Mumbai:-India’s current account deficit (CAD) jumped 7-fold to $9.2 billion in the April-June quarter compared to the corresponding figure of $1,3 billion in the preceding quarter, according to Reserve Bank of India (RBI) data released on Thursday.
“The widening of CAD on a quarter-on-quarter basis was primarily on account of a higher trade deficit coupled with a lower surplus in net services and decline in private transfer receipts,” the RBI said.
“Net services receipts decreased sequentially, primarily due to a decline in exports of computer, travel and business services.”
Merchandise trade deficit widened to $56.6 billion in the quarter, from $52.6 billion in the preceding quarter, but was less than the year-ago deficit of $63.1 billion.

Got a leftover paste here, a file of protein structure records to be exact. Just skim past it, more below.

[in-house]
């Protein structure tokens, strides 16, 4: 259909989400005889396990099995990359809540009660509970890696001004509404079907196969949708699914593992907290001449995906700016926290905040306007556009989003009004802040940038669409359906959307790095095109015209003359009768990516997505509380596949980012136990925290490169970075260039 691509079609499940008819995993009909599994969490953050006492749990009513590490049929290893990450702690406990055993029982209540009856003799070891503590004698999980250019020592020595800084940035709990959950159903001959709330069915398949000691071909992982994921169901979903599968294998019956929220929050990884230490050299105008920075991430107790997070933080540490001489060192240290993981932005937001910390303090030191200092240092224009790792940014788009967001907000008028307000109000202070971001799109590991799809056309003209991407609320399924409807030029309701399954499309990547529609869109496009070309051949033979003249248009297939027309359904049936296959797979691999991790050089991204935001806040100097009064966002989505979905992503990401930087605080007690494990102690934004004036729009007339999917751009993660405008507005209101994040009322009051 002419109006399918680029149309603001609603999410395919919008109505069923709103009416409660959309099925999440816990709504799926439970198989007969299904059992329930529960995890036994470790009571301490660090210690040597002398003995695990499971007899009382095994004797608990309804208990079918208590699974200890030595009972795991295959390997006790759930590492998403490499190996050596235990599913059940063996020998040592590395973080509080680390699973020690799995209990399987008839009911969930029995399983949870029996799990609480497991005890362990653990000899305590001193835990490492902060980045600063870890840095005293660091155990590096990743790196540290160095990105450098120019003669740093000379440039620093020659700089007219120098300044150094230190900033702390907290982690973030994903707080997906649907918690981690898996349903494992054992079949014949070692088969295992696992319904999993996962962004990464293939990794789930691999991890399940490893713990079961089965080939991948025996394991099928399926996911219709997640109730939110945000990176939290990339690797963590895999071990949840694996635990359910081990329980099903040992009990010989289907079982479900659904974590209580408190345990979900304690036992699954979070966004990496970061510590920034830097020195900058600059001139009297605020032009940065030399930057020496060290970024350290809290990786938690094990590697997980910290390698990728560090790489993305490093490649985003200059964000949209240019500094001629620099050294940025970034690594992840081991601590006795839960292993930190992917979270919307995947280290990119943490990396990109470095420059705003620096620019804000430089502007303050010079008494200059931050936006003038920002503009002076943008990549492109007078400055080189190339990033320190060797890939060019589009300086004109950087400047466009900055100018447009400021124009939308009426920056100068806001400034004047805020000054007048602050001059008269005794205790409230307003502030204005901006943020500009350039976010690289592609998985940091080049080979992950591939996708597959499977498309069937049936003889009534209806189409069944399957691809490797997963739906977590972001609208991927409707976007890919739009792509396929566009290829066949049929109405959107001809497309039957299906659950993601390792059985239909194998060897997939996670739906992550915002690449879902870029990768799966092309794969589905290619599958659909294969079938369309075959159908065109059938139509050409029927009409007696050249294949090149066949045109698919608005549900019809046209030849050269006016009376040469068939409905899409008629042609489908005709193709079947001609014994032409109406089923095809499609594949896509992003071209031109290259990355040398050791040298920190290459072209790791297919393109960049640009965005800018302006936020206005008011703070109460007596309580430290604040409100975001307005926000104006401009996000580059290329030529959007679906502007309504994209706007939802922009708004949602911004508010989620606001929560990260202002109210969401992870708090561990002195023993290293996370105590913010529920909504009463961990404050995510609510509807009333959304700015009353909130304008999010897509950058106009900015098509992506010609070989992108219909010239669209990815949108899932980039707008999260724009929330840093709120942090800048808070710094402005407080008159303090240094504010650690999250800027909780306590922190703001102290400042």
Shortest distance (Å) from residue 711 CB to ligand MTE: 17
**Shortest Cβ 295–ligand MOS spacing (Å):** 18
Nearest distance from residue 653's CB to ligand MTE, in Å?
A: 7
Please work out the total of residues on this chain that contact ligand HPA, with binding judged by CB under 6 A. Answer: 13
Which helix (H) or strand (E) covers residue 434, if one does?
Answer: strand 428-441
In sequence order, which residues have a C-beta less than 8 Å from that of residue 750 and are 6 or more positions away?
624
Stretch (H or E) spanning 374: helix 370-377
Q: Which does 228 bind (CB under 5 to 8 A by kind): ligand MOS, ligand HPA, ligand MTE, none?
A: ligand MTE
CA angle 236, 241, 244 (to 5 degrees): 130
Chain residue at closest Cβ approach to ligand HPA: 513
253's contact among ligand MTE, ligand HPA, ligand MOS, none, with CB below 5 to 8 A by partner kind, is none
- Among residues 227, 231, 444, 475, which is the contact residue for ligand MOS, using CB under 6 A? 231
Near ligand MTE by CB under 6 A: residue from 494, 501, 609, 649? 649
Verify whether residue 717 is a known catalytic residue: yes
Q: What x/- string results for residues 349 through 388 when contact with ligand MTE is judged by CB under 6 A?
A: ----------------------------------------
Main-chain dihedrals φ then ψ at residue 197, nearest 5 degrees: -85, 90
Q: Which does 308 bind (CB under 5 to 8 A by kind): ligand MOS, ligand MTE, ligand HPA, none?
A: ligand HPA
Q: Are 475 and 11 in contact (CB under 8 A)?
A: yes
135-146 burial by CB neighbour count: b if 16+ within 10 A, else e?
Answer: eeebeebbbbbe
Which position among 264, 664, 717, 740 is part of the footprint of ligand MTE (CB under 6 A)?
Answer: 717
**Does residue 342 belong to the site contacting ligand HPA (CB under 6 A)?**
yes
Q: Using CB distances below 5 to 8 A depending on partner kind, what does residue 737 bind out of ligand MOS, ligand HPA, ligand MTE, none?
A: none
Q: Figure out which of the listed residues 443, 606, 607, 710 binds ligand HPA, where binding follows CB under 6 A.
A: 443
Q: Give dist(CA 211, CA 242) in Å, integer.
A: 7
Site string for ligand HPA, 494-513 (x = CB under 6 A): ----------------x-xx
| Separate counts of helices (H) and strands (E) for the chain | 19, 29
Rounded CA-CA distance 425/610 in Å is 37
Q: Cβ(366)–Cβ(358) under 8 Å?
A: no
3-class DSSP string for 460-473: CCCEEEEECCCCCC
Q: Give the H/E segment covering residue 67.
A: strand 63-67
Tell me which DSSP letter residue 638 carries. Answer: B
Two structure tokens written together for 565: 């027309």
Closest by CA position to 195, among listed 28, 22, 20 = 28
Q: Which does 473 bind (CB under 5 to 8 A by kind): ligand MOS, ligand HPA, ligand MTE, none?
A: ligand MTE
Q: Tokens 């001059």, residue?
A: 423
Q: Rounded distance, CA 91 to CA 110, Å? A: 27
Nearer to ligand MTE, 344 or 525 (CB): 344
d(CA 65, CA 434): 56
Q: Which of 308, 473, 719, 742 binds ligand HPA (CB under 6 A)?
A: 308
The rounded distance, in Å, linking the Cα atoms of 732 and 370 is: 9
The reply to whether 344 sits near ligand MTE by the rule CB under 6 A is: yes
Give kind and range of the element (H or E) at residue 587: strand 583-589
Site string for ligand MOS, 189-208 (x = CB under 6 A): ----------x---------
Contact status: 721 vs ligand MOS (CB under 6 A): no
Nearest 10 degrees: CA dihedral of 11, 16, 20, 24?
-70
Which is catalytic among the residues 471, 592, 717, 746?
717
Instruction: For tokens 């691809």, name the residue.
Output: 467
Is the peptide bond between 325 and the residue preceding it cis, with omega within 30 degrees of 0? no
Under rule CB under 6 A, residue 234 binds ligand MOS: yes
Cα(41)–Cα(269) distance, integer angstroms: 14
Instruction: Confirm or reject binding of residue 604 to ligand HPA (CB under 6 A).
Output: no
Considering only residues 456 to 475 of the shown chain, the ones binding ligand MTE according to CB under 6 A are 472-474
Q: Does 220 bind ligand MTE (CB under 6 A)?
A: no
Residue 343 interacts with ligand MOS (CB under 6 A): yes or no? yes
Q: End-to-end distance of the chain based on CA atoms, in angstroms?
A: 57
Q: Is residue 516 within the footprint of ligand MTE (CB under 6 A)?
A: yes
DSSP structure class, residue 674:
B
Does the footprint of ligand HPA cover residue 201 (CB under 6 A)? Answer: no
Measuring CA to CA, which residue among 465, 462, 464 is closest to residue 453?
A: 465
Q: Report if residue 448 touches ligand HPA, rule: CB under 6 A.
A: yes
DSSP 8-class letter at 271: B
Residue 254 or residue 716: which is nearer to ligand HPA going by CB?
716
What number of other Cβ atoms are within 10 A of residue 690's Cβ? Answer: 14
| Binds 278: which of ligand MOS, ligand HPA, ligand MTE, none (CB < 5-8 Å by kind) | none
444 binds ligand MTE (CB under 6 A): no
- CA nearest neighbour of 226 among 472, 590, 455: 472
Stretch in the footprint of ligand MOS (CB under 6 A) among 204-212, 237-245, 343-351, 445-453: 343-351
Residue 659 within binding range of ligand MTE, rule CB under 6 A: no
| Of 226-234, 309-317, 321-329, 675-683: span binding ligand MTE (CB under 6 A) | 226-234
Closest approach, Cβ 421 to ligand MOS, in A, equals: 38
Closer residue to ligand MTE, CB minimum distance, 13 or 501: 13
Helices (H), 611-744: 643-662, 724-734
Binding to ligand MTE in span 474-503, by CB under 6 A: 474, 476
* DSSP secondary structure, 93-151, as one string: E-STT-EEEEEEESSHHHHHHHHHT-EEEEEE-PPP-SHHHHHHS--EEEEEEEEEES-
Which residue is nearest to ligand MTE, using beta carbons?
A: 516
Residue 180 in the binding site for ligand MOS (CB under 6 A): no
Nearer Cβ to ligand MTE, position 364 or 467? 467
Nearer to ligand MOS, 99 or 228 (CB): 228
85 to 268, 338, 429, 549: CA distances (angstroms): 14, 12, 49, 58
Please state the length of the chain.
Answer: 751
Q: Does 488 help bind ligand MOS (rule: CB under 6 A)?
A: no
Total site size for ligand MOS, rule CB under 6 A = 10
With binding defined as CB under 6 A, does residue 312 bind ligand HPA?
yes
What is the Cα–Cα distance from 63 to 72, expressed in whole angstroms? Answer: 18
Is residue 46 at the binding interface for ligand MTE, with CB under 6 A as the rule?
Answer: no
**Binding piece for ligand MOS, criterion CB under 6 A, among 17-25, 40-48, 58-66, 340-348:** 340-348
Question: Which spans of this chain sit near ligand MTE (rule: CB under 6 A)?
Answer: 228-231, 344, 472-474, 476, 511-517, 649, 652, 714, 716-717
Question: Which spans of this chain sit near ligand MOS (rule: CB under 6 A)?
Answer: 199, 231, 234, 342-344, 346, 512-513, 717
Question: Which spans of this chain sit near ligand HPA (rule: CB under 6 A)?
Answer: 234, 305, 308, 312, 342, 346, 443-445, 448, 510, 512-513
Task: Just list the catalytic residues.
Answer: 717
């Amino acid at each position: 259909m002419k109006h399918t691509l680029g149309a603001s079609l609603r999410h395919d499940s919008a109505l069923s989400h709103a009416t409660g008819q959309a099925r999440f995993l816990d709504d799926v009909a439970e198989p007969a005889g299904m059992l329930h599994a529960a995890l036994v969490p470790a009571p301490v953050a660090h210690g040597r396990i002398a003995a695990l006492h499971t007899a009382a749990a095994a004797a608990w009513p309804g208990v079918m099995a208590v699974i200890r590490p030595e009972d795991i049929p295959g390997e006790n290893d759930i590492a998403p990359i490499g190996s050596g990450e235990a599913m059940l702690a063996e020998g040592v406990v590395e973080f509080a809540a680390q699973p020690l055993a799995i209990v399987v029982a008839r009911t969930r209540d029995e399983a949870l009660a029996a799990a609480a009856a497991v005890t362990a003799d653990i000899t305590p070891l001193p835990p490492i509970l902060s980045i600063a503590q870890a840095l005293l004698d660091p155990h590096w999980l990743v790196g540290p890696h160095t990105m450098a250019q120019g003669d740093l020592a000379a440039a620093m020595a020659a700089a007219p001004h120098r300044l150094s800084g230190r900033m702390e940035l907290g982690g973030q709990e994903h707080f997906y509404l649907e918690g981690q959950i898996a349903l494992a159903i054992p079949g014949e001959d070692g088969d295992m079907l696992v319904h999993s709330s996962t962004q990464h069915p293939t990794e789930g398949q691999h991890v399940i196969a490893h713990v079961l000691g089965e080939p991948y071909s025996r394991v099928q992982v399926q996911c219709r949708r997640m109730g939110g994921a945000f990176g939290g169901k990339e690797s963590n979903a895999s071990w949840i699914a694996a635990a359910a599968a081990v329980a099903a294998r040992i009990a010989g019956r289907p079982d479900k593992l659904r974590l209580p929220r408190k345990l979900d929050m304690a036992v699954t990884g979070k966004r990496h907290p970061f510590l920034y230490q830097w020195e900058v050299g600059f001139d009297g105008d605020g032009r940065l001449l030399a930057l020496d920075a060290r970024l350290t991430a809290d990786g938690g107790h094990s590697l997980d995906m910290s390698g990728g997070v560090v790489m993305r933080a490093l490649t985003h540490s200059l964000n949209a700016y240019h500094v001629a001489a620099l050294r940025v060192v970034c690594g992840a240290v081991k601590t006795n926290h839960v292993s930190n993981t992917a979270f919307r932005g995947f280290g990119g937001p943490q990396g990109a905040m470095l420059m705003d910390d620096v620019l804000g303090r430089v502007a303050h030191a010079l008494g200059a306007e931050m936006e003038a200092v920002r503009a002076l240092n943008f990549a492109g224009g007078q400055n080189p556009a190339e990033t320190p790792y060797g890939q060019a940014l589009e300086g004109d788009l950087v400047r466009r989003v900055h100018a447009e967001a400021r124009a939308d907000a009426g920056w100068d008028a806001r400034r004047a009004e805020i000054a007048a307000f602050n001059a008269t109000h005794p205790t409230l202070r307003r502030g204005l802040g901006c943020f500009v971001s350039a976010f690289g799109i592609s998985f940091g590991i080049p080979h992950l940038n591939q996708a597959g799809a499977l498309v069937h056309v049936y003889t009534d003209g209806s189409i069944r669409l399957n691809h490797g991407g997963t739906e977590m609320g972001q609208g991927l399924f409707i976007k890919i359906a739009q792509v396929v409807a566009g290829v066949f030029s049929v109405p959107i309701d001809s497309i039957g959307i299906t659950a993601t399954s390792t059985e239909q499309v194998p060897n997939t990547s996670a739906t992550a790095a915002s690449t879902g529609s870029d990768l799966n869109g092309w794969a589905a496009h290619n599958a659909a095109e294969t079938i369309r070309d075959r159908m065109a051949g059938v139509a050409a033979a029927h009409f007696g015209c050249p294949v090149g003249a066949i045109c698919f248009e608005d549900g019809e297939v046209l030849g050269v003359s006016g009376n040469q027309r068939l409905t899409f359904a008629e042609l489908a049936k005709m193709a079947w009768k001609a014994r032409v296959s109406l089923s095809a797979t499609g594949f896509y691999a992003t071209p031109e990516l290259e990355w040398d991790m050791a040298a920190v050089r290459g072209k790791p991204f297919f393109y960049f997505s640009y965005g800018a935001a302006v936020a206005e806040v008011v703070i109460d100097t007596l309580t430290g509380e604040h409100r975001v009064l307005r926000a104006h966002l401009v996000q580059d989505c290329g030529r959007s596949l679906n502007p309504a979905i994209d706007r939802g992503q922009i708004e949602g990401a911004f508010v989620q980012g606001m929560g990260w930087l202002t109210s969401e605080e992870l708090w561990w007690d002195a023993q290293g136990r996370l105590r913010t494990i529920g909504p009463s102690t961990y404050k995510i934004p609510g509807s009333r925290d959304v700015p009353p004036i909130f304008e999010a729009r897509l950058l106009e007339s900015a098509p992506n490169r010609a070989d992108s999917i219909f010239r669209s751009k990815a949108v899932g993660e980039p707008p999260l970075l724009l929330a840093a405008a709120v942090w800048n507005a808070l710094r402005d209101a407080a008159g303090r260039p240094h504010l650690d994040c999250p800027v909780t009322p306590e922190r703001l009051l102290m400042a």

Private transfer receipts, which are mainly remittances by Indians employed overseas, moderated to $27.1 billion from $28.6 billion.
CAD for April-June quarter of 2023-24 works out to 1.1 per cent of GDP while in January-March it was a mere 0.2 per cent of GDP.
In April-June 2022, the figure stood at $17.9 billion, or 2.1 per cent of GDP.
According to Emkay Global Financial Services lead economist Madhavi Arora, the July-September quarter will see a “substantial widening of CAD” on account of higher oil, higher core imports and further slowing of services exports.
“All of this will imply July-September 2023 CAD/GDP ratio could be more than double of April-June 2023 – ranging from 2.4-2.6 per cent,” Arora said.
Aditi Nayar, ICRA’s chief economist, also forecast a widening of the CAD to $19 billion-$21 billion, or 2.3 per cent of GDP, in July-September 2023.